Following a year’s delay due to the COVID-19 pandemic, the collaborators behind ‘Sota Grown gathered Friday, Aug. 27th, at the site of their indoor agriculture food project for a celebratory ribbon-cutting event.
‘Sota Grown is an innovative pilot project that’s growing leafy greens inside a renovated shipping container at Central Lakes College’s (CLC) Staples campus. This collaboration between electric cooperatives, a local college, health care facility, and national research institute intends to demonstrate over a two-year period how indoor crop production using efficient electricity, technology, and plant sciences can produce ideal conditions for growth, yield, quantity, and consistency.
Representatives from each of the collaborators — along with special guests including Thom Peterson, Minnesota’s Commissioner of Agriculture, and Representative John Poston — spoke on the project’s overarching impact on each participating organization, as well as the surrounding community that has benefited by receiving fresh produce grown in the container throughout the last year.
“Thanks to partners and dedicated CLC staff, we have been able to produce well over 1,000 pounds of kale in a year-round capacity,” said Cory Detloff, director of Ag & Energy at CLC. “This project gives us a unique ability to measure energy and water usage, monitor growing conditions, deliver wholesome produce year-round, and measure crop output to help determine the financial viability of these systems for other producers.”
Allison Uselman, Member & Energy Services Manager at Todd-Wadena Electric Cooperative (TWEC), said while this project is embracing the beneficial use of electricity to find ways that may help the state’s agriculture community in the future, it is not intended to be a replacement for traditional farming.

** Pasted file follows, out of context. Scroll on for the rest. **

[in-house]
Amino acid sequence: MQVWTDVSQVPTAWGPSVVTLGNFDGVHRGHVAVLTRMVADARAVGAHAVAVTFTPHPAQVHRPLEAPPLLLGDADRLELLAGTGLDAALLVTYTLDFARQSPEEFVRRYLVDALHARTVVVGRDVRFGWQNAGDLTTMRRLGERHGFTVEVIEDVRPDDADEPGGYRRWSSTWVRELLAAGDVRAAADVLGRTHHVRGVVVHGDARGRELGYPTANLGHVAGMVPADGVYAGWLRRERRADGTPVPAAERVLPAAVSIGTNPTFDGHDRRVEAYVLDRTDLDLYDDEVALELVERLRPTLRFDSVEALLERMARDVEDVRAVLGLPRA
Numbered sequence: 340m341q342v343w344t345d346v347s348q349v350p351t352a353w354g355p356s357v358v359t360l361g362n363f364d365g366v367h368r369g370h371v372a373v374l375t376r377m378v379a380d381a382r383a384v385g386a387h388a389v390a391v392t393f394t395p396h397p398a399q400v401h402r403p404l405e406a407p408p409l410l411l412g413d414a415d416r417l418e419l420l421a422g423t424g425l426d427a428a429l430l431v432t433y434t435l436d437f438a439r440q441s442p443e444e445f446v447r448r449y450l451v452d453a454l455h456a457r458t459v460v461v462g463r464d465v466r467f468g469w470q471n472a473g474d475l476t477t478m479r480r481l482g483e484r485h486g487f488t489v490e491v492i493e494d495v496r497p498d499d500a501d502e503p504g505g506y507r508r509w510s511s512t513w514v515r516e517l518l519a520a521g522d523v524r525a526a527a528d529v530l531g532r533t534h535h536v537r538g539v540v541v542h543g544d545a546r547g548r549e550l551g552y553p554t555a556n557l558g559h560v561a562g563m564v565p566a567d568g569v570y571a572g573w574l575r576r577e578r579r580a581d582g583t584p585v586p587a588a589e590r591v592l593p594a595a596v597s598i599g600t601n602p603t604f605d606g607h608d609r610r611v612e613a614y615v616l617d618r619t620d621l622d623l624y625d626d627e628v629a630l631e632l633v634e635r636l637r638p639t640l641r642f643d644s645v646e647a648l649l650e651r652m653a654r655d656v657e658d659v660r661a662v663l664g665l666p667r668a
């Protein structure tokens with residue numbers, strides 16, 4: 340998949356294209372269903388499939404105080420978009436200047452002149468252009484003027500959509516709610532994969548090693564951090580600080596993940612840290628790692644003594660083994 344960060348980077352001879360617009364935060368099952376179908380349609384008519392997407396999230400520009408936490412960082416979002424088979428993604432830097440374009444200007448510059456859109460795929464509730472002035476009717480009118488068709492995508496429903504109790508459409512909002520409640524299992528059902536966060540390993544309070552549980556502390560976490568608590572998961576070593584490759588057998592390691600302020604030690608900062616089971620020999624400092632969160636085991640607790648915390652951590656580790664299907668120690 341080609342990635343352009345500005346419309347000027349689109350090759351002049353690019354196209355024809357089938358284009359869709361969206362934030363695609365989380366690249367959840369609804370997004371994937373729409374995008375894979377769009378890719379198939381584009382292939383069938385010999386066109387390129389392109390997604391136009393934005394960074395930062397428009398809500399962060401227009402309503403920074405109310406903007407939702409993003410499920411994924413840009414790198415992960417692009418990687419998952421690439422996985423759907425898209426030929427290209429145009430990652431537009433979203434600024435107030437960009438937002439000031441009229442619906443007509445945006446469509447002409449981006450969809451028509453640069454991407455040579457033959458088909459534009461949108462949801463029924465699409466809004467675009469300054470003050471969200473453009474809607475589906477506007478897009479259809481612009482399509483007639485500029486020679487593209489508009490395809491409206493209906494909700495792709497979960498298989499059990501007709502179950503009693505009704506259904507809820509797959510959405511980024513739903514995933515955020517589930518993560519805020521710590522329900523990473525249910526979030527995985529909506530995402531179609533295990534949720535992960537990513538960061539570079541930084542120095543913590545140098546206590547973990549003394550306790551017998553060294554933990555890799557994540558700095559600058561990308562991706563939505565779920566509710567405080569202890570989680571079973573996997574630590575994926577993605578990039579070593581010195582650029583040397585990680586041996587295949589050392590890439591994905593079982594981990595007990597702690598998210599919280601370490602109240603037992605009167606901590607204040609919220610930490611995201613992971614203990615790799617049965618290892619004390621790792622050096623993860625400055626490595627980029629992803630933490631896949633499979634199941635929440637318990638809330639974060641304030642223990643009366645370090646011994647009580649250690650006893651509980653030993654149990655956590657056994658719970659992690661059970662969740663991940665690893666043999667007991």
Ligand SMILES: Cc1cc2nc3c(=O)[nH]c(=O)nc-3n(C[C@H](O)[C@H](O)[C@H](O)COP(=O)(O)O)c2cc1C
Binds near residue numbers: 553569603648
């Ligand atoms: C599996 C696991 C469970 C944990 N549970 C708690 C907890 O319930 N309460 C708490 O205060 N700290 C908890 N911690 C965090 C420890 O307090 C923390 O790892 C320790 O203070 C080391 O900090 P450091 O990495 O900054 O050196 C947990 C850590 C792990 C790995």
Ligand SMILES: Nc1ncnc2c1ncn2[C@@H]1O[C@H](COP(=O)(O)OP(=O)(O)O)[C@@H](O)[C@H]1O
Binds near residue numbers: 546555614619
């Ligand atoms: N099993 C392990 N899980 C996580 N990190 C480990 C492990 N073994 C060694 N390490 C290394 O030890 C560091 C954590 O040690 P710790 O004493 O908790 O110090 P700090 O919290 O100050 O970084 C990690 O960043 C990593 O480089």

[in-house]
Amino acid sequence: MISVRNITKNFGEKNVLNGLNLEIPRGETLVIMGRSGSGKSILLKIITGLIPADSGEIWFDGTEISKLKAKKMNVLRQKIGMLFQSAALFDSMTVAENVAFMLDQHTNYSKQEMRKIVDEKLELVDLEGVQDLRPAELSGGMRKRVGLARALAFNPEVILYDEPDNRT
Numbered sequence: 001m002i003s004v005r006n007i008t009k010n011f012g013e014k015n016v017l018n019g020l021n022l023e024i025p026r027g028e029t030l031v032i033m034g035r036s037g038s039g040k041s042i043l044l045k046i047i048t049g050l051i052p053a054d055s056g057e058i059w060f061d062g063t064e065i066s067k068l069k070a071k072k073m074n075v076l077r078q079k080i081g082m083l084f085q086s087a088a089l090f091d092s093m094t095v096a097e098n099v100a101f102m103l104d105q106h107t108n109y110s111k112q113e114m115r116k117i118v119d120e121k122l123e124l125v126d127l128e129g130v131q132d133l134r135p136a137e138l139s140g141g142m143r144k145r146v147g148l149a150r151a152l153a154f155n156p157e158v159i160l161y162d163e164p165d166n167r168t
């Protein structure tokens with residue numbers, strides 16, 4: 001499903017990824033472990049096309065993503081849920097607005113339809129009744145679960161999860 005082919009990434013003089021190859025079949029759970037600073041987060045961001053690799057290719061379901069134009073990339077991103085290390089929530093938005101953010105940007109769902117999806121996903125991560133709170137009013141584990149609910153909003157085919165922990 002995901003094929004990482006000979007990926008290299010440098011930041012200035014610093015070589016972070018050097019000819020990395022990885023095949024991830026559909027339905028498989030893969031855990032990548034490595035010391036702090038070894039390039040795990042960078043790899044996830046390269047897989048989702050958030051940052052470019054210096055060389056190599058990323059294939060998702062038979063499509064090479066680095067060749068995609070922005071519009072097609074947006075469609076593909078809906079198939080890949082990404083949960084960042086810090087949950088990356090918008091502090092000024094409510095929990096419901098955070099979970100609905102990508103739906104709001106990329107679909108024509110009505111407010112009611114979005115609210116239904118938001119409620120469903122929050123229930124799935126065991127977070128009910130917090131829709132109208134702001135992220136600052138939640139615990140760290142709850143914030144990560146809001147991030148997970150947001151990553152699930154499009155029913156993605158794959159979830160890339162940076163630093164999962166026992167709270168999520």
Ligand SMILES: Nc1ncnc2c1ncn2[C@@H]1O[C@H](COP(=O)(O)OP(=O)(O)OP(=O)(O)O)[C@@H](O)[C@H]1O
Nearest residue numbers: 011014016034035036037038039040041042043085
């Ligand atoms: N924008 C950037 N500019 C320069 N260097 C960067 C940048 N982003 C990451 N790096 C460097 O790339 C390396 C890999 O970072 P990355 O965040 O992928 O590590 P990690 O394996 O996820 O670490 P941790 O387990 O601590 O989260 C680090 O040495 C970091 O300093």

“Our cooperative was built by local farmers and our agriculture community continues to play a significant role in our operations,” Uselman said.
One of the factors that went into Great River Energy and the Electric Power Research Institute’s decision to choose TWEC for this pilot project is its location, specifically its geographical position within a USDA defined “low-income access” area. This means many community members there face both economic and distance challenges to access fresh, healthy food on a routine basis.
The pilot project’s success has already created a blueprint that is being replicated around the state: A few additional projects have sprung up with help from some of Great River Energy’s member-owner cooperatives. As more electricity generated by the cooperatives is from renewable energy resources, the electricity used to power projects like ‘Sota Grown becomes cleaner, too.
“Twenty-five percent of the electricity Great River Energy generates today is renewables and, in just two years, that will increase to 50% as we plan to add 900 megawatts of wind energy by the end of 2023,” said Mark Fagan, Vice President and Chief Corporate and Member Services Officer at Great River Energy. “We look forward to seeing the even greater potential indoor food production has in Minnesota’s future, and how our electric cooperatives can be part of it.”
Visit ‘Sota Grown on Facebook at www.facebook.com/SotaGrown to follow along as the project continues to grow fresh produce.